I’ve come at last to the end of Sura/Surah/Surat 2 in the Koran. The longest chapter in the Koran, the final verse begins with this:
On no soul doth Allah place a burden greater than it can bear. It gets every good that it earns, and it suffers every ill that it earns.
Koran (Photo credit: Wikipedia)
I do believe in an overall sense of divine justice, and who doesn’t like the concept of getting what is deserved — for good or for evil? This verse makes it very clear that goodness will be rewarded, as surely as wickedness will be punished. It’s not the whim of an arbitrary god but the natural consequence of our own behavior.
But what of that first line? On no soul doth Allah place a burden greater than it can bear. To me, this means Allah/God/the Supreme Being knows each of us and knows our limits.
Sounds good…but, wait!
Does this mean that the strong will be more heavily burdened with trials, troubles, and tribulations? Is this saying that the more faith we have, the more likely we are to be “dumped on” by our loving father in heaven? Sorry, but that doesn’t make much sense to me. It’s as though this great creator is actually punishing those who are working the hardest, or if not punishing, at least expecting them to carry more than their fair share of the workload.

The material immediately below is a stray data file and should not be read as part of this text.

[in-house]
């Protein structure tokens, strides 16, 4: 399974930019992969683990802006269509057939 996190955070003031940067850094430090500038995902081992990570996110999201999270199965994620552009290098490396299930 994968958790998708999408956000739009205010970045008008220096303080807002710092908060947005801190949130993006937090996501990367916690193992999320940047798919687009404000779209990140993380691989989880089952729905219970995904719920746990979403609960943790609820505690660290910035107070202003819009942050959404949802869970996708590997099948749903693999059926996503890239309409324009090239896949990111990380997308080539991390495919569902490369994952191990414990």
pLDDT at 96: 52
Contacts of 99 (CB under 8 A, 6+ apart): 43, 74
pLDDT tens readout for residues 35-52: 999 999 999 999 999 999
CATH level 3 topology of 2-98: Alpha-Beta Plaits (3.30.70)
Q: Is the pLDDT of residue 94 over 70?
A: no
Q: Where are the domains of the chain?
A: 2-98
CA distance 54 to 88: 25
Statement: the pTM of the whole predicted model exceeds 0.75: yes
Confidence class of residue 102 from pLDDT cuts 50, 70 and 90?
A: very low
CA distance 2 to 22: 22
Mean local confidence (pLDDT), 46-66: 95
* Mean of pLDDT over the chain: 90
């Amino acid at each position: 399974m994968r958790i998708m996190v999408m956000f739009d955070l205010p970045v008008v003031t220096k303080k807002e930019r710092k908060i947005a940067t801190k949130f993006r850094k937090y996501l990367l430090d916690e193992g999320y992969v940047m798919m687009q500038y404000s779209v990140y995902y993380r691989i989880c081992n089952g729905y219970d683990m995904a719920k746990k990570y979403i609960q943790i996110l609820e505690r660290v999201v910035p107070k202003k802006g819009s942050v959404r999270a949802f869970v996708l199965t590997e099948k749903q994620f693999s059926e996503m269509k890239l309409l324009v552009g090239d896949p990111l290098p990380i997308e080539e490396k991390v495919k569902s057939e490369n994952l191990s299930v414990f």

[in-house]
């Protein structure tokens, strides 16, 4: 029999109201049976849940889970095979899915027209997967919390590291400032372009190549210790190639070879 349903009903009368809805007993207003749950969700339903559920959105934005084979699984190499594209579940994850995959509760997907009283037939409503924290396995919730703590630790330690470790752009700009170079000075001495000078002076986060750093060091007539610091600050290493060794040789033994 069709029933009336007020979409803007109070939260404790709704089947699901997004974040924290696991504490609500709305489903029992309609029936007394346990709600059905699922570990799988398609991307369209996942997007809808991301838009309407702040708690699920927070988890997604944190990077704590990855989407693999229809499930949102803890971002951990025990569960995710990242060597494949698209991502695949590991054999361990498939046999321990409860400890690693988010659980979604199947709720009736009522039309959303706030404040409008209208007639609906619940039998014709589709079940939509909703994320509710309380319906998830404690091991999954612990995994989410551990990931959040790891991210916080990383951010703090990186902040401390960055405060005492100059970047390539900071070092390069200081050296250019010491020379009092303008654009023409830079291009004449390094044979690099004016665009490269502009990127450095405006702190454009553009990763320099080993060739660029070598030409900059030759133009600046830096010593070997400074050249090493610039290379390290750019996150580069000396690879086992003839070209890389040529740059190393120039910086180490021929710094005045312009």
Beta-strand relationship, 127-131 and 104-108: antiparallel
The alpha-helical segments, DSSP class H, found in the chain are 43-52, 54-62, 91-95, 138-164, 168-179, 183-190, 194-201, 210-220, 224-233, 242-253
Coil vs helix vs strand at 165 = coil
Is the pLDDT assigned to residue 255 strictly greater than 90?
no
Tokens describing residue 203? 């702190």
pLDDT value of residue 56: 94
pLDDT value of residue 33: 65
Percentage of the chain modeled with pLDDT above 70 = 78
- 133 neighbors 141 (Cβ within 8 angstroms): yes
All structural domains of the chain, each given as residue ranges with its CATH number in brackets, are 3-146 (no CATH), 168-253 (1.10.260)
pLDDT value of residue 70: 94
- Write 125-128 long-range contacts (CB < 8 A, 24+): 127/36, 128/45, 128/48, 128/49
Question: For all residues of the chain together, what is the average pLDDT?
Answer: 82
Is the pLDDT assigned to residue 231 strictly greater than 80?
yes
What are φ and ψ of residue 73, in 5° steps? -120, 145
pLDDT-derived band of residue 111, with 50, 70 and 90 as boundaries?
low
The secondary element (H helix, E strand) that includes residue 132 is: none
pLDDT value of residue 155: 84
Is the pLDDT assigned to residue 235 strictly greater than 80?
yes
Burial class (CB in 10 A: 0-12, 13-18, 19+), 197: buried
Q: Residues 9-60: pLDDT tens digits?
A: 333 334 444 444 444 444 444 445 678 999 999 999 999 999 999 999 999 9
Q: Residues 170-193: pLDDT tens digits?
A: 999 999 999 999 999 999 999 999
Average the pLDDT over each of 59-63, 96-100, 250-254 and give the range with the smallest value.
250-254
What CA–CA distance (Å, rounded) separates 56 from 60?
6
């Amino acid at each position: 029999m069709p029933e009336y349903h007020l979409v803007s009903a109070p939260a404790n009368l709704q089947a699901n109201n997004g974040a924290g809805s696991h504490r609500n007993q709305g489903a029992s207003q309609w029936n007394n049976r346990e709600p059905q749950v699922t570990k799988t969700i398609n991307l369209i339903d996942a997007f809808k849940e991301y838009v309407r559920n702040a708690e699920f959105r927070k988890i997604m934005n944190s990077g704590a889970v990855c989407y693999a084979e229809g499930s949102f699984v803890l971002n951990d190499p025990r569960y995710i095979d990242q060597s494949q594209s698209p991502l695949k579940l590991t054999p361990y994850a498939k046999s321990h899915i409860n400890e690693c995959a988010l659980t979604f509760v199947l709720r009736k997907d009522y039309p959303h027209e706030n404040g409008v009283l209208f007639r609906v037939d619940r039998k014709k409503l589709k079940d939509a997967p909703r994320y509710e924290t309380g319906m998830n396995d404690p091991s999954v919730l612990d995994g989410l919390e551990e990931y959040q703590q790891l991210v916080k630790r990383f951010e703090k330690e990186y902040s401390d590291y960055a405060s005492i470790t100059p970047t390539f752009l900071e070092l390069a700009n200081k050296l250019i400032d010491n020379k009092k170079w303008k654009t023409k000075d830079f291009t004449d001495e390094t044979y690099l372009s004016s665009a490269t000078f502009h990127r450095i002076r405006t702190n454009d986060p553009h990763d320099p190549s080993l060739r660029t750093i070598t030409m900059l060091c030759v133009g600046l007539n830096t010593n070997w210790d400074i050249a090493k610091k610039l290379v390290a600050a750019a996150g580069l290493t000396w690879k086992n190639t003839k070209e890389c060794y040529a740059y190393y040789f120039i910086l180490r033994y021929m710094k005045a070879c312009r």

It happens all the time on the job. The best workers are treated the worst until finally their attitude gets so bad they lose their motivation. They reach a point where they just don’t care anymore about whether or not they do a good job.
Meanwhile, the weak — in faith and in job performance — are able to slide by. Nobody expects much from them, so they’re under no pressure to perform. Maybe they don’t earn the big salaries, or in the case of religion, the big blessings, but they don’t have to deal with all those burdens, so it still sounds like a fairly good deal to me.
There’s more to Verse 286 of Al-Baqara, so let’s move on. We come now to a prayer to be offered. In this prayer, we recognize Allah as our protector, and we ask for his mercy and forgiveness. This prayers asks something else, too.
Pray: “Our Lord! Condemn us not if we forget or fall into error; our Lord! Lay not on us a burden Like that which Thou didst lay on those before us; Our Lord! Lay not on us a burden greater than we have strength to bear. Blot out our sins, and grant us forgiveness. Have mercy on us. Thou art our Protector; Help us against those who stand against faith.”
Lord! Lay not on us a burden greater than we have strength to bear. Slightly different wording, so maybe there’s a bit of “wriggle room”, but I’m not in the mood for wriggling. This strikes me as a quick disavowal of the opening line of the verse.
God won’t give me more than I can bear.
God, please don’t give me more than I can bear.
There’s a disconnect between the two, at least in my mind. If I truly believed that God would lay no burden upon me greater than I could bear, I’ve have no reason to plead with him about it.
- This is the truth from your Lord; so do not be among the doubters. (2:147) (oceansofknowledge.wordpress.com)
- Bear The Burden? (selamusa12.wordpress.com)
- Fasting and its wisdom (sealm.wordpress.com)
- This is Allah (14) O mankind, you need Allah and Allah needs nothing (safaafromcaeg.wordpress.com)
- Letting GOD (mahasinis1.wordpress.com)
- The necessity of Ikhlas (sincerity) in deeds (ramyabdeljabbar.wordpress.com)